I bring this up in this “earthquake discussion” for what I see is a western media looking to show viewers the sensational when in fact, the affects of the Japanese tsunami is far less than the tsunami about to roll over the US as we see not the odds of the volcanic landslide off the Canary Islands producing a tsunami wave of 100 feet or more causing devastation to the eastern seaboard of the US, but betting that Germany once again and the elitists throughout Europe – the Deutsche Borse – seek to control with the NYSE Euronext, an earthquake and tsunami which we here in the US even into our heartland will never endure for this “pan-European exchange organization” and the integration of financial markets as the stock exchanges of Amsterdam, Paris, Lisbon, Frankfurt and nine other European nations will all fall under the control of Germany and this devastating earthquake and Tsunami affect to US global interests taking place presently and a media so ignorant as it is far more senational than any rescue of human Life in Japan or in Haiti, for the Deutsche Borse will inevitably gain control of the former Euronext derivatives unit Liffe and combined with its units, domination over global derivatives will be in the area of some “$1.28+ quadrillion notional value” according to the Bank of International Settlements – this is the tsunami and earthquake which media and every American should be concerned about and the closed door behind the scenes meetings taking place with elitists –

We are dubbed by these elistis as the “doomed kingdom of Belshazzar” – read your history….Read Daniel, verse 5, “You are wighed in the balances, and are found wanting….”

We are so foolish as a people, so trusting and so deceived by those we “entrust” to lead us and you truly believe that our government officials who have had no energy policy despite the obvious for decades, that our government so muddled by such deceit, such self-agenda, such ineptness, so foolhearty in its ways would be prepared in such a manner as the Japanese government to even do what the Japanese government has tried t do in light of such massive devastation to its northern rural communities…give us a break here on Main Street USA, wake up western media to the events unflding which will subject us to a wrenching economy for so many here and an earthquake and tsunami rolling across America as we speak….forcing us to wondr about security of Life here in America, security for our broken local, state and natinal econmies where this administration continues to print along with its co-conspiriatorm, the Federal Reserve Bank, ya know the guys whoo misplaced, no supposed lost the initial $750 million in surplus funding, certainly a tsunami in my book, and hoodwinked America…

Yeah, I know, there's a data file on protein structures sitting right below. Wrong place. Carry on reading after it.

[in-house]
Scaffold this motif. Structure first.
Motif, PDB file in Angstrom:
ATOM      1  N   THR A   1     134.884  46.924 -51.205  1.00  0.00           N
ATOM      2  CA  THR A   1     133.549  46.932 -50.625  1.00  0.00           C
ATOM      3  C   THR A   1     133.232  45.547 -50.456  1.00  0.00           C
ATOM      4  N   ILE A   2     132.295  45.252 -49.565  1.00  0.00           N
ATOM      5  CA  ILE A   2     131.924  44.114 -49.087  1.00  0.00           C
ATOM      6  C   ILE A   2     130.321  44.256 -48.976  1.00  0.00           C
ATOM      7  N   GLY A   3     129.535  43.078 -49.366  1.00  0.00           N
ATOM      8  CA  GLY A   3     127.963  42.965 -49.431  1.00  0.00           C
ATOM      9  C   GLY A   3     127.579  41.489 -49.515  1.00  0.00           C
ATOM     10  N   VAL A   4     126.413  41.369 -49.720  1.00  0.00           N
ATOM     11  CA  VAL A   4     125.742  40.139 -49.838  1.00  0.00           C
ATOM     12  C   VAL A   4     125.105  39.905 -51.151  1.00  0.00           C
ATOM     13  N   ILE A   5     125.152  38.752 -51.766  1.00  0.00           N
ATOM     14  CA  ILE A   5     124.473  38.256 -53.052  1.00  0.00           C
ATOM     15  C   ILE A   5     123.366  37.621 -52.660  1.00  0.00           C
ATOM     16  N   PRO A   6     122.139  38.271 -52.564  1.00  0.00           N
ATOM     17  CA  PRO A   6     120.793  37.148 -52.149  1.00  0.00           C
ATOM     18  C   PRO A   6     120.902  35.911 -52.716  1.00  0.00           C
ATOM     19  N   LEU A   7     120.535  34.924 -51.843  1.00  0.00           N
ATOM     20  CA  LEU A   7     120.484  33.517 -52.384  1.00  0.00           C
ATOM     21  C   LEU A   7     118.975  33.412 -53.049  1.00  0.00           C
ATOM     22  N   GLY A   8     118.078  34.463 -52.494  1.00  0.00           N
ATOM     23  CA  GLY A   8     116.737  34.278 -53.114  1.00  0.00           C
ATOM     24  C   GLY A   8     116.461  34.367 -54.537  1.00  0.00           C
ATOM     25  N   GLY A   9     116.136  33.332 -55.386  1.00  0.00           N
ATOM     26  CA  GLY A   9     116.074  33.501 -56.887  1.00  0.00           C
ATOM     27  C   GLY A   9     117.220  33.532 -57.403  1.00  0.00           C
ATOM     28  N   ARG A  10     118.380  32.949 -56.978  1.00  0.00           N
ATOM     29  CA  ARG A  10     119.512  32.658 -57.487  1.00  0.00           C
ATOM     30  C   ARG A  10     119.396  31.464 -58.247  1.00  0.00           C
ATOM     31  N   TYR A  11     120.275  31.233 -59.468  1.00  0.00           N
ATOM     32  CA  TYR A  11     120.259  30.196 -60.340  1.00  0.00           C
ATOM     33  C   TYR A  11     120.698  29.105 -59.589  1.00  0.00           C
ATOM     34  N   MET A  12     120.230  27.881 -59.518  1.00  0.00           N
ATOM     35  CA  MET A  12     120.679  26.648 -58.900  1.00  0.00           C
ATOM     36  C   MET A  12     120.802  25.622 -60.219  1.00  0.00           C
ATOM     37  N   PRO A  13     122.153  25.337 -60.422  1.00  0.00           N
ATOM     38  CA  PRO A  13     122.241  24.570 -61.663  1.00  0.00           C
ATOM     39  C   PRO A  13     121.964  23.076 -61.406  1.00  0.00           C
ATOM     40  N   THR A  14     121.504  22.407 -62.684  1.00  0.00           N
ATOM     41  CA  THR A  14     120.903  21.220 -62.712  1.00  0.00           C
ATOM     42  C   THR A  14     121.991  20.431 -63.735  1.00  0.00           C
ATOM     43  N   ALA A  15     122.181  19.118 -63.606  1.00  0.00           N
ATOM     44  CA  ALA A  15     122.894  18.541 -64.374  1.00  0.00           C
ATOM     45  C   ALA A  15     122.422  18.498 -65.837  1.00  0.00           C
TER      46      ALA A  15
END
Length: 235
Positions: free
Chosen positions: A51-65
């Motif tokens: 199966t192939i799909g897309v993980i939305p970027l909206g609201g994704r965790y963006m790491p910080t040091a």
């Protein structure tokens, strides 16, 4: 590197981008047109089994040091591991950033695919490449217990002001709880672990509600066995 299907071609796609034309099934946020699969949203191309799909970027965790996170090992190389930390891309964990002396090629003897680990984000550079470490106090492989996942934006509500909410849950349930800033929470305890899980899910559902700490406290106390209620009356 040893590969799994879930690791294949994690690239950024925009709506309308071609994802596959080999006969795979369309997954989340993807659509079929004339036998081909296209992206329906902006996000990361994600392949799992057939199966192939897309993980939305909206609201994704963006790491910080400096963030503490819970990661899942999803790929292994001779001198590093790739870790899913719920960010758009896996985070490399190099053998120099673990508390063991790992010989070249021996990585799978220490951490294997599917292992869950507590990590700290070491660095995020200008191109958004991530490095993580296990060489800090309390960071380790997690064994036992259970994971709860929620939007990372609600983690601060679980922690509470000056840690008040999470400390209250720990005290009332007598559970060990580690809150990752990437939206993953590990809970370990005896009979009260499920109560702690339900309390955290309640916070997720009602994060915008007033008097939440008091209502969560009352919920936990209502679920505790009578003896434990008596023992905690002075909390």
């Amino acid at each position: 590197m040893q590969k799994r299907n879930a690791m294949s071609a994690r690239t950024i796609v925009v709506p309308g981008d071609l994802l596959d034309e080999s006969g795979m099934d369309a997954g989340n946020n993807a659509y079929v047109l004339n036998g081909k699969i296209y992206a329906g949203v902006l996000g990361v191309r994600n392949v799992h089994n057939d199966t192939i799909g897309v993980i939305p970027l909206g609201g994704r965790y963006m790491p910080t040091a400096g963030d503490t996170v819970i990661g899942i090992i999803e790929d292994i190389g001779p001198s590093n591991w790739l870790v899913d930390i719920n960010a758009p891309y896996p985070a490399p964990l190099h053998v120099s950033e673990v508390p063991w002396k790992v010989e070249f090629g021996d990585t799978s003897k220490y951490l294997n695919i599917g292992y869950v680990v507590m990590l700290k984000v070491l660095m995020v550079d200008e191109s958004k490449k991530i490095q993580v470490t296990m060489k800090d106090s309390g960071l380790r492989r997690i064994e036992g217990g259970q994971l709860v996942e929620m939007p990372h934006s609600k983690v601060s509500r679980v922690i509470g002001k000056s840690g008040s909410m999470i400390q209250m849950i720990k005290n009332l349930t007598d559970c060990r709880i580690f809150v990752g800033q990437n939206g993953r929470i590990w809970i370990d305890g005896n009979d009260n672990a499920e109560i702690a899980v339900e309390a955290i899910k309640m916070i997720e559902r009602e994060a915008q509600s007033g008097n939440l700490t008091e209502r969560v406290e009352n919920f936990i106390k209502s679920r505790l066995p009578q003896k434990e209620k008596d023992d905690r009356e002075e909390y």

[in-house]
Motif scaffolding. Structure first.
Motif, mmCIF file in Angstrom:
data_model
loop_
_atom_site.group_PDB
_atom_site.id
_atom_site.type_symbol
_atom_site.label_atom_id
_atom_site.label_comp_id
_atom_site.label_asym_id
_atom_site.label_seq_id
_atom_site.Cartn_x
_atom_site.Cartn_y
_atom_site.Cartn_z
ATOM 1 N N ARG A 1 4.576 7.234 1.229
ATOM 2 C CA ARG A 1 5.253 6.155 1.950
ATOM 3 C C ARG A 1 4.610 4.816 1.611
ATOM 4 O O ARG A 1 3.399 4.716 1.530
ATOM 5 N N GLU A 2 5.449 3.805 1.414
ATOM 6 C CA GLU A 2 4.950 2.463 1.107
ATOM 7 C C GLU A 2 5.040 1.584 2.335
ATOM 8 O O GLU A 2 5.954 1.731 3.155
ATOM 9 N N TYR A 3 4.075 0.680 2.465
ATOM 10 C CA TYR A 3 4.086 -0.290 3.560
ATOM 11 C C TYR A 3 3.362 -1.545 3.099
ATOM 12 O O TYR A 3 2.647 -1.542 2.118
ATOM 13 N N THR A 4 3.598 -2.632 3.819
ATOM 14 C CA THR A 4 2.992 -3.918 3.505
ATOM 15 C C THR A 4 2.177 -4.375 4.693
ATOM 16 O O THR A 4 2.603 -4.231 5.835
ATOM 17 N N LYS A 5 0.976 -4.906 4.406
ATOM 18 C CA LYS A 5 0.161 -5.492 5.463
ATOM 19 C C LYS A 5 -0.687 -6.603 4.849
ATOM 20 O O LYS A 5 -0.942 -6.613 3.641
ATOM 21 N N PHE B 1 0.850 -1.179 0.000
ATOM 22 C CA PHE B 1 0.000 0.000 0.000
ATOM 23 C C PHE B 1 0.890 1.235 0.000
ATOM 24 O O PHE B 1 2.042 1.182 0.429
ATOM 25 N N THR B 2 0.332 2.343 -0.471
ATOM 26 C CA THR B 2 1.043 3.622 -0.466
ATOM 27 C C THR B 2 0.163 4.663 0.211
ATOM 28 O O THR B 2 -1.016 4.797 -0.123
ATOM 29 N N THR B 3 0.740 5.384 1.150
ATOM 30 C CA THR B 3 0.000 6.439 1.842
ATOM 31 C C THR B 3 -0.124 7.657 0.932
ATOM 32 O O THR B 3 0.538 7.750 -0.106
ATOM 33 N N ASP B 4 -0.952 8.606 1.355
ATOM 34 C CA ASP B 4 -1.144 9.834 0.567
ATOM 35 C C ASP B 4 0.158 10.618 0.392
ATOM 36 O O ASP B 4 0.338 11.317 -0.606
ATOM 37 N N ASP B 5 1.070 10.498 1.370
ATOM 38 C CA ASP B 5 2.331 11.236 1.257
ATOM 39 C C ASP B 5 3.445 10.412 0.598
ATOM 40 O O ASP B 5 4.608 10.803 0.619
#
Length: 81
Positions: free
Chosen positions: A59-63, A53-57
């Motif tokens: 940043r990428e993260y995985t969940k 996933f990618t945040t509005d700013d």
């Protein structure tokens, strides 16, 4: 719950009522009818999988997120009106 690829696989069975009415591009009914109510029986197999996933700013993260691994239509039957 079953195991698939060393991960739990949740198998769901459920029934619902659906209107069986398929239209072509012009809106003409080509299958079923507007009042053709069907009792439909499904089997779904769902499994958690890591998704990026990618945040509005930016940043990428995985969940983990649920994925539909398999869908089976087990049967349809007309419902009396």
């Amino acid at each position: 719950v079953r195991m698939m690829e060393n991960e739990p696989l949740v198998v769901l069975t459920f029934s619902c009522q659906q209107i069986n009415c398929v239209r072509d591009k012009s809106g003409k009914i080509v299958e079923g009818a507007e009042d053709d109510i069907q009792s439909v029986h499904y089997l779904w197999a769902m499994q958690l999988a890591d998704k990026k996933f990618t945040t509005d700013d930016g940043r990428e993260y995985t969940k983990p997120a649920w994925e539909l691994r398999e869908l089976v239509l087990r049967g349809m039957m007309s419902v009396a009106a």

My front porch flag is turned upside down depicting the “distress” our beloved Republic faces and when we talk about psychological needs over safety needs and the relationship to earthquake and tsunami, I ask how much the Goldman Sachs’ federal budget deficit increased just in the few minutes while I commented on this blog….

….for the chaos soon to envelope our own streets, never mind witnessing the Vatican and Islamic extremists fighting sword to sword in their neighborhoods in the name of Jerusalem which will never be conqured or controlled by either, the perception that America is very much like “the doomed kingdom of Belshazaar” by the European elitists of which I am sure Mrs. Obama visited in Spain is very real…the tsunami is rolling past us here on Main Street USA as a result of what I refer to as not just simple corruption, but an executive WH and Congress which has no rebuttal to its mask which is so transparent to many here who already feel the affects of the tsunami and suffer anxiety as to our own safety….